This is how we spend two summer Sunday afternoons in my hometown. We hang out by the ocean or at one of the beachside restaurants and bars. Or we go to church, wrap up the errands and chores, do an early shift at the weekend job, then get in the car and head for the Sea Walk Pavilion – our beach side amphitheatre – for an evening of live contemporary jazz in the most accessible, casual setting imaginable. Some people bring a blanket, some bring lawn chairs, some even bring a crowd and set up canopied parties in a park to the side.
If you get there early you can plant yourself right in front of the stage because there are no sections cordoned off for VIP’s or monied ticket holders. You’re treated like a VIP because you showed up, so if you want to sit, stand, or dance in front of the stage it’s all good. Want to do photos or videos and don’t have media credentials. Have at it! Then share them so the event goes viral. Show everybody how much fun we have in FLA!
It was packed on the Sunday evening that Eric Darius, Urban Jazz Coalition, and local stars Band of Destiny were scheduled to play but I don’t think a lot of the people who were chillin’ on a Sunday afternoon had any idea what was coming up. They wouldn’t know what hit ’em. It was a musical adrenaline high – the kind you get when spectacular showmanship, musicianship and charisma converge with a gathering of people who are in it together. One word. Party! From Band of Destiny’s opening notes until Eric Darius’s encore took it right up to curfew it was on!
Band of Destiny is a group of local musicians seasoned in church and in touch with the streets. They have won Gospel awards and their music is always infused with Spirit but the main menu is contemporary jazz and urban adult contemporary. They bring a mix of crowd pleasing covers and tasty originals covering jazz, funk, R&B and Church. Audience’s attention can wander during opening acts but this group had them standing up with their hands in the air and dancing in front of the stage for the whole set. The touching moment that set up an original song was one of the vocalists testifying about her recovery from a stroke she had in February. As you can see by the picture, God’s got this.
I have seen Urban Jazz Coalition several times, most recently at an indoor venue where they opened for another young cutting edge sax player, Marcus Anderson then backed him. Their set was mellow with a lot of old school flavor then they fired it up when Anderson stepped up front. This time the fired up version was in full effect. This band hits you with a wall of sound – full, big, and clean – that makes you want to move. They gave a tip to the old school with “Lovely Day” and a sizzling take on “Never Too Much,” then flipped to fusion by absolutely killing it the Marcus Miller/David Sanborn gem “Run For Cover,” a gutsy choice by Bassist Phil Rainey who was more than up to the challenge. They gave Sanborn’s classic “Chicago Song” a contemporary sonic reboot by shifting the rhythm and tempo and previewed several tracks from their forthcoming album including a jazzy funkfest called “#1” and a beautiful romantic ballad, “Be With Me Tonight” that brought all the couples who like to dance close to the front of the stage.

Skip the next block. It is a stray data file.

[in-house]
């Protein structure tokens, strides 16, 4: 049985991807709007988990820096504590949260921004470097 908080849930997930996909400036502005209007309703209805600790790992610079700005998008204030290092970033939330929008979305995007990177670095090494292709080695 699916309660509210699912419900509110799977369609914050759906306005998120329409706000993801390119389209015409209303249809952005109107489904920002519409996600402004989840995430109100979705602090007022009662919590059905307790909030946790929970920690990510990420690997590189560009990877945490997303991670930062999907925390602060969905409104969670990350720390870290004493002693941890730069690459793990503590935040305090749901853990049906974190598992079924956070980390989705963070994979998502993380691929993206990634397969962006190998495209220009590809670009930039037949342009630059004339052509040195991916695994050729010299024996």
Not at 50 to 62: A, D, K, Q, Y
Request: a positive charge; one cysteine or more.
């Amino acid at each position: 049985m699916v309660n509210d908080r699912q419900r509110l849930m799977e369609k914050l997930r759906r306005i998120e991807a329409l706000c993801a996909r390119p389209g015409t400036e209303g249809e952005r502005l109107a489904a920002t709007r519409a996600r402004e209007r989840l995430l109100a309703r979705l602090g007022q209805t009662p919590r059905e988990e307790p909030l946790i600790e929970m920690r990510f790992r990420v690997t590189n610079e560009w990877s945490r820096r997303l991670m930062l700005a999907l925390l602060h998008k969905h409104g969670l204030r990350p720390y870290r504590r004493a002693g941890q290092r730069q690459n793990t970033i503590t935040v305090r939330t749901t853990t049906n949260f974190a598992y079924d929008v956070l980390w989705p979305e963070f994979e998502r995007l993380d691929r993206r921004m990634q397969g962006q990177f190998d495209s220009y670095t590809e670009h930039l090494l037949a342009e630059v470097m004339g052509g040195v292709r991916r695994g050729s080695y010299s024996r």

Eric Darius! Words don’t do justice describing Eric Darius’ performance. Three letters might: O.M.G. When he stepped on stage and played those first notes of the appropriately titled “Let’s Go” a wave of energy swept over the crowd and pulled them toward the stage. Lawn chair people leaned forward and others ran toward the front. The mix of powerful sax, amazing skills, magnetic charisma and pop/rock star sensibility was too much to resist. People who had been lurking outside of the park area started flowing in and a lot of them were young – in their teens and 20s – and he gave them one of their own with his amped up version of Ne-Yo’s smash “Because of You.” The reggae groove of “Kingston’s Flavor” was a perfect choice for a hot evening by the ocean and his extended take on Alicia Keys’ “If I Ain’t Got You” had everyone mesmerized. The set wrapped up with a bouncy backtrack to his debut album, “Night On The Town” but we were all on our feet yelling for more and he and the band returned with a version of “Happy” that made the original sound like a ballad. He took that familiar melody and just went off, taking it several notches higher than even his own recorded version.
It was an eight song set but that doesn’t mean it was short. He worked the crowd, improvised on sax and gave his incredible group of sidemen plenty of room to stretch out, solo, and generally go off as he moved around the stage either playing with them or giving them the spotlight. Yes, there was showmanship and charisma but the foundation was musicianship. Everyone in that band was supremely skilled and a big element of the showmanship was that skill. Eric Darius can work a crowd but he doesn’t pose, strut or talk too much. It’s about music and connection. It’s this, for an hour. Whew! Wow! :
Thank you Tina for such GREAT photos of us and to you Shannon for such colorful descriptive summary of who we are as a band. You may no remember, you and I worked together YEARS ago at Turtles Records in Gateway Mall and we used to talk all the timeabout your days in radio. So imagine my delight when I saw you walk past the stage as we were setting up.